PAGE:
I’ve always been incredibly hard on myself.
With an internal monologue something along the lines of: “You look like shit today” or “you idiot” or “you suck at that stuff”.
It’s like reporting to a boss who is never satisfied with your best efforts.
But then I fell pregnant and that inner voice dramatically changed.
There was no self-help book or therapy sessions, I just made a conscious decision to be kind to myself because there was a baby growing inside me.
I had this odd idea that my son, who I nicknamed Pedro, could hear my thoughts – or at least understand the general vibe of being me. I had no choice but to make my internal soundtrack happier.
It still blows my mind that humans create other humans and I couldn’t believe how lucky I was to be allowed to do that myself. Little old me was growing a human.
Making my body a positive and inhabitable place for Pedro was my very first parental responsibility. This was serious.
Pedro sucks his thumb. Image supplied.
I ended up with a dream pregnancy, I was fat and happy and super nice to myself because I had a little baby friend that came everywhere with me, every day.
Pedro made me see my inner world afresh.
After nine months of having positive and encouraging conversations with myself, I gave birth to some healthy self-acceptance as well as a bouncing baby boy.
My journey into motherhood was profound because of it. I gave birth to a son and a brand new relationship with myself.
My heart was open and for the first time in my adult life I was truly content.
Charlie, a few days old, babbles with his Grandmother. Post continues after video.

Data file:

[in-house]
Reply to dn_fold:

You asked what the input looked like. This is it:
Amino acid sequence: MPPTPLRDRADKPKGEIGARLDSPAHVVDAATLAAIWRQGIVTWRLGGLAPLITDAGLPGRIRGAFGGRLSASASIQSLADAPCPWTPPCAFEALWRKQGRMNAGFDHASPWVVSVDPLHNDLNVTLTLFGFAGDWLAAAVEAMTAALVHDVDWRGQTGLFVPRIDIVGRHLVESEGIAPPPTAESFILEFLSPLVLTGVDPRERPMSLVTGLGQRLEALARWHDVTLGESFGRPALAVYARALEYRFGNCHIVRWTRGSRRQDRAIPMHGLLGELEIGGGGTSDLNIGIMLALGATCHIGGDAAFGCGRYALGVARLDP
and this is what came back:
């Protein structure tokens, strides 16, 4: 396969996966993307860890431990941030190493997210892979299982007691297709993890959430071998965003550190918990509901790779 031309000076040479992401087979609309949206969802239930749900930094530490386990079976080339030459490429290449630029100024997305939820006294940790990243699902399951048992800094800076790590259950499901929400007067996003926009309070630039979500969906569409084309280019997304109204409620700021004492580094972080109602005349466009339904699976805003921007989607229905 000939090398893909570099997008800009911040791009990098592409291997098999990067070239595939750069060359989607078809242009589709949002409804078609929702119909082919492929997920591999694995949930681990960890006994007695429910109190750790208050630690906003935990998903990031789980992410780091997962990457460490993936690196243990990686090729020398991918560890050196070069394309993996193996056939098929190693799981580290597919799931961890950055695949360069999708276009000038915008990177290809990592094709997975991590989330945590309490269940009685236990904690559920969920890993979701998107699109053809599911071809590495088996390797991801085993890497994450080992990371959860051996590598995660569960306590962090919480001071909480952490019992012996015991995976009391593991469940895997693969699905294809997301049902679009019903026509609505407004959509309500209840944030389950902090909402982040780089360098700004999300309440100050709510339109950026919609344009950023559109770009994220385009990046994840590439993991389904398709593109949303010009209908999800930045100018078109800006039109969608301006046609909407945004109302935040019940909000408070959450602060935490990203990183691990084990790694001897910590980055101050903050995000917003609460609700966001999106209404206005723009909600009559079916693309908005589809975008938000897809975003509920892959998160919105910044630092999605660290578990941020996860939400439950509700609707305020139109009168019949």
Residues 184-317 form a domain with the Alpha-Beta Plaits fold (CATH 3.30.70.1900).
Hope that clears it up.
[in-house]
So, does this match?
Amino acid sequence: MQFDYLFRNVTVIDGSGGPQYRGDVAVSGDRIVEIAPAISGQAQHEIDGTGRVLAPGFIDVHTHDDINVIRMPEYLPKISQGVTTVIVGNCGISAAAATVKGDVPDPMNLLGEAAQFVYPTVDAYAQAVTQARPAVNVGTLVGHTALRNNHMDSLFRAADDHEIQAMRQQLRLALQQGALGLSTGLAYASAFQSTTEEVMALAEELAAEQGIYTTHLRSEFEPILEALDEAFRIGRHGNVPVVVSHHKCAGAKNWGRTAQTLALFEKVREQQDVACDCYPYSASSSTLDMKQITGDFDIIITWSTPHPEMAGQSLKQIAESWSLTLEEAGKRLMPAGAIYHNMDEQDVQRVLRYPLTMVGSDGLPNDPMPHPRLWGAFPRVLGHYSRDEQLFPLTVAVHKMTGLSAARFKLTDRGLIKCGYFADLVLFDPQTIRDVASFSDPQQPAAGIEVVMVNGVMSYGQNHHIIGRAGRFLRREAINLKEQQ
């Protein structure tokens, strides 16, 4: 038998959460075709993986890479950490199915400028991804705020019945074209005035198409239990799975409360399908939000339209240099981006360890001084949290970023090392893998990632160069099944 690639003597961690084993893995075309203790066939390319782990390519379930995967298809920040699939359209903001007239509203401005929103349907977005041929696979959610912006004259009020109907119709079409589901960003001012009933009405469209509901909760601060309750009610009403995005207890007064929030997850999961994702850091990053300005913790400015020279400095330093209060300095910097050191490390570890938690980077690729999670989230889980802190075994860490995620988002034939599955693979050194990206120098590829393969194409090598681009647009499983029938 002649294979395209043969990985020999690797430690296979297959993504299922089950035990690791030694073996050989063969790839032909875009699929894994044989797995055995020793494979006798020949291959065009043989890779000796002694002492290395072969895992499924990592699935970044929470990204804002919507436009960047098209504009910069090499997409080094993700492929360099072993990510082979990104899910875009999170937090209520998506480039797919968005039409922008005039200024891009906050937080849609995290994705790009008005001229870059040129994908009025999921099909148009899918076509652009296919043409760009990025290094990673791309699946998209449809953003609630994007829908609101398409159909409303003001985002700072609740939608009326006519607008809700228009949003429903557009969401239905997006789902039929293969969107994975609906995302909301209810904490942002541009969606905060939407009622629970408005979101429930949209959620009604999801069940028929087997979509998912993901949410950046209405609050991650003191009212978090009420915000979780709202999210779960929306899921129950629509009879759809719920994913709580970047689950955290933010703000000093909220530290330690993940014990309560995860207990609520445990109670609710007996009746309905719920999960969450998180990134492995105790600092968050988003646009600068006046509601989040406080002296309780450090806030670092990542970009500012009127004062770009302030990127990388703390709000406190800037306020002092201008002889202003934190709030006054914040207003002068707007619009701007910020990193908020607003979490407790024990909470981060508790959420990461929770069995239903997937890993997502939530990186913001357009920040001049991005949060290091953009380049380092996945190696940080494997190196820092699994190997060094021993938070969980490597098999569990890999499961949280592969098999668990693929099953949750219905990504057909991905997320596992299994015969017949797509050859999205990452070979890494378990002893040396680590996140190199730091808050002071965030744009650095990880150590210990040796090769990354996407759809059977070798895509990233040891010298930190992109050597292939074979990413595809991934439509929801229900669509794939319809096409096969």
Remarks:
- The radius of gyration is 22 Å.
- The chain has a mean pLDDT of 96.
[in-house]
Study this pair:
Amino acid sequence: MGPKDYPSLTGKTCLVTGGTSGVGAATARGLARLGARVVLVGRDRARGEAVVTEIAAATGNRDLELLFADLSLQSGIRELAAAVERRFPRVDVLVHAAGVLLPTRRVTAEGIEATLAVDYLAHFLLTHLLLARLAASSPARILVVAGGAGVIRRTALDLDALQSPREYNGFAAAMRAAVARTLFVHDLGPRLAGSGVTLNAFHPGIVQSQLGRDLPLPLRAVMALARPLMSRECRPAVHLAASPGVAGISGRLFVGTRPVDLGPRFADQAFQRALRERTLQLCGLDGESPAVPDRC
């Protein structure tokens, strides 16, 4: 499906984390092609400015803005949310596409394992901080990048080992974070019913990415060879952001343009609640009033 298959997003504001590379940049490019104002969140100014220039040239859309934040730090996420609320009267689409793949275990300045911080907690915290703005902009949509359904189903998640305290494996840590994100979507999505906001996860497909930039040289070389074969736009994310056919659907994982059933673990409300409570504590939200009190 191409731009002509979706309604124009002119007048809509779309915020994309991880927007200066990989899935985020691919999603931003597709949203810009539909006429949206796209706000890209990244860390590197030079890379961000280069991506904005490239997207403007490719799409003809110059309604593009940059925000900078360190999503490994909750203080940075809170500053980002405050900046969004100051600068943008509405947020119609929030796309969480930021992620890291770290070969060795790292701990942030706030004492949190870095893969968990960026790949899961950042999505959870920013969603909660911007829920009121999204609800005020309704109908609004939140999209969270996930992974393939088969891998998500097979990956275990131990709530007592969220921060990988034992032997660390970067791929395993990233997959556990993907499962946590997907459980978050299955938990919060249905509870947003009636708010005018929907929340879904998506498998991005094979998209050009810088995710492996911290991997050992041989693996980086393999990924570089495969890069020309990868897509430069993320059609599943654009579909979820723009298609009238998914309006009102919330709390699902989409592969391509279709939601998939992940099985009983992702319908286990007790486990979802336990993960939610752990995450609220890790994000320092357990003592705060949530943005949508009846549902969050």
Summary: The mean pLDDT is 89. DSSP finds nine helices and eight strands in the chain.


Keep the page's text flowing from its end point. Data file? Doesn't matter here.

It's somewhat ironic that my conception was almost unwelcome - not from my parents or family - but it was a stressful situation.
I was born to a teenage mother after a shotgun wedding in the midst of Catholic small-town drama and because of this, I waited a long long time until I planned to have a baby.
Up until my mid-thirties I was terrified of motherhood, it looked to me like a life with no freedom and a lot of hard work. My mum had been raising children for decades and had never had a chance to have her own life.
Listen to This Glorious Mess, the podcast for imperfect parents. Post continues below.
My mother had to endure a good dose 1970s disapproval well into the '80s - even though she gave up adult emancipation to become a responsible parent.
When she fell pregnant at 16, she had to stop doing bombs at the pool and when I fell pregnant at 36, I got an excellent maternity-leave package.
By the time I fell pregnant I'd "had a life". I'd travelled, I'd lived overseas for nearly a decade, I had a great job, I was engaged to be married to a man I loved. I was ready.